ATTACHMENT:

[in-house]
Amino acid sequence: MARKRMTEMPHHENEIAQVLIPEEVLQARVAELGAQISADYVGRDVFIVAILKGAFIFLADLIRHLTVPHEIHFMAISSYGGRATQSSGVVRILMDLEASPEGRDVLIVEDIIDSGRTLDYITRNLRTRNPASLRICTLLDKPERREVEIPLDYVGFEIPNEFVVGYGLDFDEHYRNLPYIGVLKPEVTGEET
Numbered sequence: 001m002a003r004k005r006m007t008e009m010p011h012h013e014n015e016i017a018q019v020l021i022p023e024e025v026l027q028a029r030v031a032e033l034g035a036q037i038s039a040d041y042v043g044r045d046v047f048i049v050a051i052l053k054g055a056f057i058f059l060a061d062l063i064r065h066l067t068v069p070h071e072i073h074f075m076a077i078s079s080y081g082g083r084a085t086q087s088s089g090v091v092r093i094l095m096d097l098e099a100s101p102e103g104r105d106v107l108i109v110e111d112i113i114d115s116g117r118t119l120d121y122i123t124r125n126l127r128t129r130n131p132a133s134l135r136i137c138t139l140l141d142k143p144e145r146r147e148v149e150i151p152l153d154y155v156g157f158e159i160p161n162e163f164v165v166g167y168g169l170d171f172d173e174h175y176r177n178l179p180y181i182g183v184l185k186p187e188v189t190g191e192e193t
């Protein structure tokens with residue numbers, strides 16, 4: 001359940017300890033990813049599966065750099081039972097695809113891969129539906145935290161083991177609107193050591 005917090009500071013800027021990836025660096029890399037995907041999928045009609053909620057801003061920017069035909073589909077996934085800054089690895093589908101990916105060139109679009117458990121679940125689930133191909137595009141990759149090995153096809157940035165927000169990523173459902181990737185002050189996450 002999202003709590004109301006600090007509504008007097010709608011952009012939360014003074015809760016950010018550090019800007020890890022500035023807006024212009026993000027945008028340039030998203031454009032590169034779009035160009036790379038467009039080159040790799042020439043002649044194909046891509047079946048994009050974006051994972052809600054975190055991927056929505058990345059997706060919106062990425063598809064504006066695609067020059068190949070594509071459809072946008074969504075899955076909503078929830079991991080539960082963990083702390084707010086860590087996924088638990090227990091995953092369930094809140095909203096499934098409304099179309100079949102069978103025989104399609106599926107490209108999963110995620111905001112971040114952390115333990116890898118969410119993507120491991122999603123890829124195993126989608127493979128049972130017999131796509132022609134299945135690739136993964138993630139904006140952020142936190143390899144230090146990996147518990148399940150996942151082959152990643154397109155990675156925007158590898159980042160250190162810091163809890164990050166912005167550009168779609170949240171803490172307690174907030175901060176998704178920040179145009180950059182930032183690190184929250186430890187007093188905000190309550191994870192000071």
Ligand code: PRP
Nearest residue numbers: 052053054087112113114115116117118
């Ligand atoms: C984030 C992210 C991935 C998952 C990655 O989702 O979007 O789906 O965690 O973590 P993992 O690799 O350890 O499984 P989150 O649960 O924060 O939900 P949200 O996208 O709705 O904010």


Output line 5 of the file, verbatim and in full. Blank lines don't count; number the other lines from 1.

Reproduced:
Ligand code: PRP